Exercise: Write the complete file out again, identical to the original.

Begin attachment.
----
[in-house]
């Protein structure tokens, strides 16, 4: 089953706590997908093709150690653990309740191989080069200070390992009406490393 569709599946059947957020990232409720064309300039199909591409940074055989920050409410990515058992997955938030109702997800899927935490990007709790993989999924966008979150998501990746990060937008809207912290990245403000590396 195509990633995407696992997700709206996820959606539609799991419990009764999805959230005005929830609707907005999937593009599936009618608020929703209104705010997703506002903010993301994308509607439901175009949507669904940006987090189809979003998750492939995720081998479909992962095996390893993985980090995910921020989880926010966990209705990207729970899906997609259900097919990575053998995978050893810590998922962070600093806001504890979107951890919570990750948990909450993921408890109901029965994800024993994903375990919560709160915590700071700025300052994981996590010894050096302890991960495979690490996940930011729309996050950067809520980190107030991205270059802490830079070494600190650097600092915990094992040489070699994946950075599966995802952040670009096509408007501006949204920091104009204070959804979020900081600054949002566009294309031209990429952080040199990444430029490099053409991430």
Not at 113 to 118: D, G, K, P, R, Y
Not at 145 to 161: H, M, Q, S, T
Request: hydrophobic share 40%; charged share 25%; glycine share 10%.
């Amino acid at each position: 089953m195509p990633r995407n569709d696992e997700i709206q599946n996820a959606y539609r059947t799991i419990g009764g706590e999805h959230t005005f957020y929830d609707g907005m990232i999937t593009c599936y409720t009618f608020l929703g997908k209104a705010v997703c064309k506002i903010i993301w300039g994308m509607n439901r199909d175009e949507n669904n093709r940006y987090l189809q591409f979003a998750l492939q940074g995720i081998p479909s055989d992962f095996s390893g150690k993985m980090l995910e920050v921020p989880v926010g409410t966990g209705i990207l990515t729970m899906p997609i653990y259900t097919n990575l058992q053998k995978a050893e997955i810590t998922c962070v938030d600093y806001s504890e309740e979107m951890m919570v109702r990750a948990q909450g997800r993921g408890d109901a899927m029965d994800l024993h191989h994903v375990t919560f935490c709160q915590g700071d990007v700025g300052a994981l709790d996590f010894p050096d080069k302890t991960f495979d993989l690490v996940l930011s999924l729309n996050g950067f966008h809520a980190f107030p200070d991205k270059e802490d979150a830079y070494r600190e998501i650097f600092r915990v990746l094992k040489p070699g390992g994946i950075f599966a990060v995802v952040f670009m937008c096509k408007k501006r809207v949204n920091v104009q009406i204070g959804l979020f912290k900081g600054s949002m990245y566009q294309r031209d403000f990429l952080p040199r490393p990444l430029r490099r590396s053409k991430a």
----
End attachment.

[in-house]
């Protein structure tokens, strides 16, 4: 089953706590997908093709150690653990309740191989080069200070390992009406490393 569709599946059947957020990232409720064309300039199909591409940074055989920050409410990515058992997955938030109702997800899927935490990007709790993989999924966008979150998501990746990060937008809207912290990245403000590396 195509990633995407696992997700709206996820959606539609799991419990009764999805959230005005929830609707907005999937593009599936009618608020929703209104705010997703506002903010993301994308509607439901175009949507669904940006987090189809979003998750492939995720081998479909992962095996390893993985980090995910921020989880926010966990209705990207729970899906997609259900097919990575053998995978050893810590998922962070600093806001504890979107951890919570990750948990909450993921408890109901029965994800024993994903375990919560709160915590700071700025300052994981996590010894050096302890991960495979690490996940930011729309996050950067809520980190107030991205270059802490830079070494600190650097600092915990094992040489070699994946950075599966995802952040670009096509408007501006949204920091104009204070959804979020900081600054949002566009294309031209990429952080040199990444430029490099053409991430």
Not at 113 to 118: D, G, K, P, R, Y
Not at 145 to 161: H, M, Q, S, T
Request: hydrophobic share 40%; charged share 25%; glycine share 10%.
């Amino acid at each position: 089953m195509p990633r995407n569709d696992e997700i709206q599946n996820a959606y539609r059947t799991i419990g009764g706590e999805h959230t005005f957020y929830d609707g907005m990232i999937t593009c599936y409720t009618f608020l929703g997908k209104a705010v997703c064309k506002i903010i993301w300039g994308m509607n439901r199909d175009e949507n669904n093709r940006y987090l189809q591409f979003a998750l492939q940074g995720i081998p479909s055989d992962f095996s390893g150690k993985m980090l995910e920050v921020p989880v926010g409410t966990g209705i990207l990515t729970m899906p997609i653990y259900t097919n990575l058992q053998k995978a050893e997955i810590t998922c962070v938030d600093y806001s504890e309740e979107m951890m919570v109702r990750a948990q909450g997800r993921g408890d109901a899927m029965d994800l024993h191989h994903v375990t919560f935490c709160q915590g700071d990007v700025g300052a994981l709790d996590f010894p050096d080069k302890t991960f495979d993989l690490v996940l930011s999924l729309n996050g950067f966008h809520a980190f107030p200070d991205k270059e802490d979150a830079y070494r600190e998501i650097f600092r915990v990746l094992k040489p070699g390992g994946i950075f599966a990060v995802v952040f670009m937008c096509k408007k501006r809207v949204n920091v104009q009406i204070g959804l979020f912290k900081g600054s949002m990245y566009q294309r031209d403000f990429l952080p040199r490393p990444l430029r490099r590396s053409k991430a």